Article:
James 1:2-4 Count It All Joy

James 1:2-4                Count It All Joy                                              WC McCarter
Time would not allow for us to tell the stories we have of the trials we have faced. Allow your mind to survey the memories of the hardships you have endured. Some of us have encountered one trial after another while others of us have endured more difficult trials than others. The fact of the matter is that as long as we live in this present age, we are not finished confronting troubling moments. This is our calling as Christians. We are to follow the path of the One who has gone before us, the Man of Sorrows. He was well acquainted with grief, despised, oppressed, and afflicted (Isa 53). We, too, are hard-pressed on every side, yet not crushed; we are perplexed, but not in despair; persecuted, but not forsaken; struck down, but not destroyed – always carrying in us the dying of the Lord Jesus (2 Cor 4).
Today, we will discuss a passage of Scripture that declares again what the entire New Testament teaches; that is, Christians are to rejoice in times of trial. The Lord Jesus taught this, “Blessed are those who are persecuted for righteousness’ sake. . . . Rejoice and be exceedingly glad. . .” (Matt 5:10, 12). The Apostle Paul said the same, “. . . but we also glory in tribulations. . .” (Rom 5:3). And Peter, too, encouraged, “In this you greatly rejoice, though now for a little while, if need be, you have been grieved by various trials. . .” (1 Pet 1:6). Today, we will see what the James, an Elder in Jerusalem, had to say. I invite you to read with me the Word of God.
READ Scripture- This is the Word of God
Various Trials
Notice how James puts the subject of trials forefront in his letter. He doesn’t even finish the typical opening of a letter before he interrupts himself by getting to the task at hand. This tells us that the Christians he was writing to in the first century were facing tough times. They needed to be encouraged, and James wastes no time getting to that job. We also know that this is a major subject for all Christians of all ages. We need to be encouraged to continue through various trials as well.
The phrase “various trials” tells us that there are all sorts of unexpected struggles in this life, and plenty of them, that Christians must face with joy. Trials will come on the inside and on the outside:
1. Outside-
A. In the home: financial hardships, relationship problems with your spouse or child, illness, loneliness
                        B. In the workplace: social and economic persecution, competition
                        C. In the church: jealousy, discouragement
2. Inside-
A. Moral temptations to sin
B. A struggle with the old you
Count It All Joy
When James commands his brothers and sisters to consider trials “all joy” it is not to say that this is the only response allowed as if we cannot be saddened or mournful. What it means is trials are occasions for pure joy. He will explain this is in the following verses.
Joy is more than a smile on your face; it is something that is known in the soul/mind. That is why you can face various trials with joy. It is because you know what you have in Christ and what the future will bring!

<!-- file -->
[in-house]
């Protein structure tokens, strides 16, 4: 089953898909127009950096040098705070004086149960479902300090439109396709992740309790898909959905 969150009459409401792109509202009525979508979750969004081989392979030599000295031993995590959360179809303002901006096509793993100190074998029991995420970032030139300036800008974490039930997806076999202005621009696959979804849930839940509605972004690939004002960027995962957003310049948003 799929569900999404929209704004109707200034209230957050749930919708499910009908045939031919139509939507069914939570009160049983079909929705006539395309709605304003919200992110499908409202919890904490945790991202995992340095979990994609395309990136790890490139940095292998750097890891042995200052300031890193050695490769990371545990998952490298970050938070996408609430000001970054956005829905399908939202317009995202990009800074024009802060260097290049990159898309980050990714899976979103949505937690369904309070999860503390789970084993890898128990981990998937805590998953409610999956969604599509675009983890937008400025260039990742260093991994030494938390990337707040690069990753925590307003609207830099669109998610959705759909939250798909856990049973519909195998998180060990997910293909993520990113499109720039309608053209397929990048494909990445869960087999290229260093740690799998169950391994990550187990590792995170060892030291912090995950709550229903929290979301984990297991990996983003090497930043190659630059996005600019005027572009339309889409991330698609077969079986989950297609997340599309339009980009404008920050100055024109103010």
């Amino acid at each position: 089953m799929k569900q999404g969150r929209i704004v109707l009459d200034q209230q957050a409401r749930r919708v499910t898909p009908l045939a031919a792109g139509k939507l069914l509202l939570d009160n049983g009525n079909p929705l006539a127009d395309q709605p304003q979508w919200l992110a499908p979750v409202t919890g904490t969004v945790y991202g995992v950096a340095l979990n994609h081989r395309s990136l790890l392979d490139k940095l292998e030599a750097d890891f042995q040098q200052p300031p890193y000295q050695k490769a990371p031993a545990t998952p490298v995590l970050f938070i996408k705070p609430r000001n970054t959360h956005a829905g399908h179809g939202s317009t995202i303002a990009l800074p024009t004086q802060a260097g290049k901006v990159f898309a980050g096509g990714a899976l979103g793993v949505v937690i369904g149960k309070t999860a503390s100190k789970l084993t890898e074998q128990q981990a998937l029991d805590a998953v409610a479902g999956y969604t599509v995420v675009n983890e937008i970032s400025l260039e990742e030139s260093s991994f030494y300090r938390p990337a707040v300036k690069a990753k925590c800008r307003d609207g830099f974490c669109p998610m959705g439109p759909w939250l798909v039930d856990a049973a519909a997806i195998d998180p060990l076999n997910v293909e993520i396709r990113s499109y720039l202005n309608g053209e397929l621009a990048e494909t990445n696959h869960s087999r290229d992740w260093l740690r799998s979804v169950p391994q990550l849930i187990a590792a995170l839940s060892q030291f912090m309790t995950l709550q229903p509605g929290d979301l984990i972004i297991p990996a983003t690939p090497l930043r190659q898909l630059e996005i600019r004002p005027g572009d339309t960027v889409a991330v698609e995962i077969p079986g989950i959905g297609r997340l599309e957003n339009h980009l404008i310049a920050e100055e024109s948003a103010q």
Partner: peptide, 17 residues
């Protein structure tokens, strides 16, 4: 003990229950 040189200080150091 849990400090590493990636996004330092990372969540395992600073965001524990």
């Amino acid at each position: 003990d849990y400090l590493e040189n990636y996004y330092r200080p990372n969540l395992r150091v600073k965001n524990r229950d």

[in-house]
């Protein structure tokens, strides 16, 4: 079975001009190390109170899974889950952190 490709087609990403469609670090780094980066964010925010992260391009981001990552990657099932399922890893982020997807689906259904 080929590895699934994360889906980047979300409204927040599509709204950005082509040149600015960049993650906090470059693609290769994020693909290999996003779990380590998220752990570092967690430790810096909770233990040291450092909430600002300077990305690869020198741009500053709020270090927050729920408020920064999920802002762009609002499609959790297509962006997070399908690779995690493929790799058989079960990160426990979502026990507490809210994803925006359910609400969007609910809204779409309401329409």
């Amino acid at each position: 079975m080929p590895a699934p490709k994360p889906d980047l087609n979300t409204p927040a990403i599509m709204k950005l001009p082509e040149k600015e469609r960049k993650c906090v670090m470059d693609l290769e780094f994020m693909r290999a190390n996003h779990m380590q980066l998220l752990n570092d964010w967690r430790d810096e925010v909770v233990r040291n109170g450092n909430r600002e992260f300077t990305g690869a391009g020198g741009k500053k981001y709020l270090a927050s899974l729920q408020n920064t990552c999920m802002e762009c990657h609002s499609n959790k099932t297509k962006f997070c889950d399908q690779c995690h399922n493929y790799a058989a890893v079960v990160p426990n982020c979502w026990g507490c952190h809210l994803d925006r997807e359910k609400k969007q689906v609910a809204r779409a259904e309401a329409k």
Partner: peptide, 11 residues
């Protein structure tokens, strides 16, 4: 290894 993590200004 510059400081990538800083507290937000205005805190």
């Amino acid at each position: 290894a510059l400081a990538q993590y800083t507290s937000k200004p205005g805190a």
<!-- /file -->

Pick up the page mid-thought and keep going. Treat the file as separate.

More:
Testing of Your Faith
There is no doubt that God permits testing, even of believers. Let’s be clear, He does not tempt us to sin, but He allows us to be tested by various trials. As Christians, we learn that these trials are opportunities to demonstrate our faith. When it is all said and done, we come out stronger than we were at first.
The language refers to the process of refining silver or gold. “The difficulties of life are intended by God to refine our faith. . .” (Moo, 54). When our faith is put through the heat of suffering the impurities of our lives are refined away leaving a only a purified offering to the Lord. Thus, the point is not to see if we have faith or not, but to perfect the faith we already have in Christ, our Savior.
Produces Patience
“Patience” here means “perseverance.” It is the picture of someone carrying a heavy load for a long period of time. Christians learn to trust in God the more they meet trouble. When our faith is tested, this is the first and immediate result. “Completeness” or “perfection” is the goal. Testing produces perseverance which is the first step toward that end. You see, perseverance needs to perfect its work in you so that you may be perfect.
Conclusion and Application
So, what is it that you are called to do? You are to meet trials of various kinds with joyous confidence in God and Spirit-led determination to endure.
1) At the very least, we are called to respond positively to our trials. Of course, this is against all of our natural, worldly instincts.
2) Do not be surprised when you are challenged with a difficult moment in life. This is what we have been called to in the Lord.
3) There is a purpose to be found in all of this. God is allowing you opportunities to become mature and complete in your faith. You see, faith is what saves a person. If your faith becomes weak, you run the risk of falling away from Christ. Yet, if you grow strong in your faith, if you can better understand the Christian life, then you will be saved from this present wicked age and the wrath to come.
4) No matter what your trial may be in the present moment or in days to come, you can stand spiritually whole even when things have fallen apart and crumbled all around you.

Hebrews 1:2-4 God has Spoken in these Last Days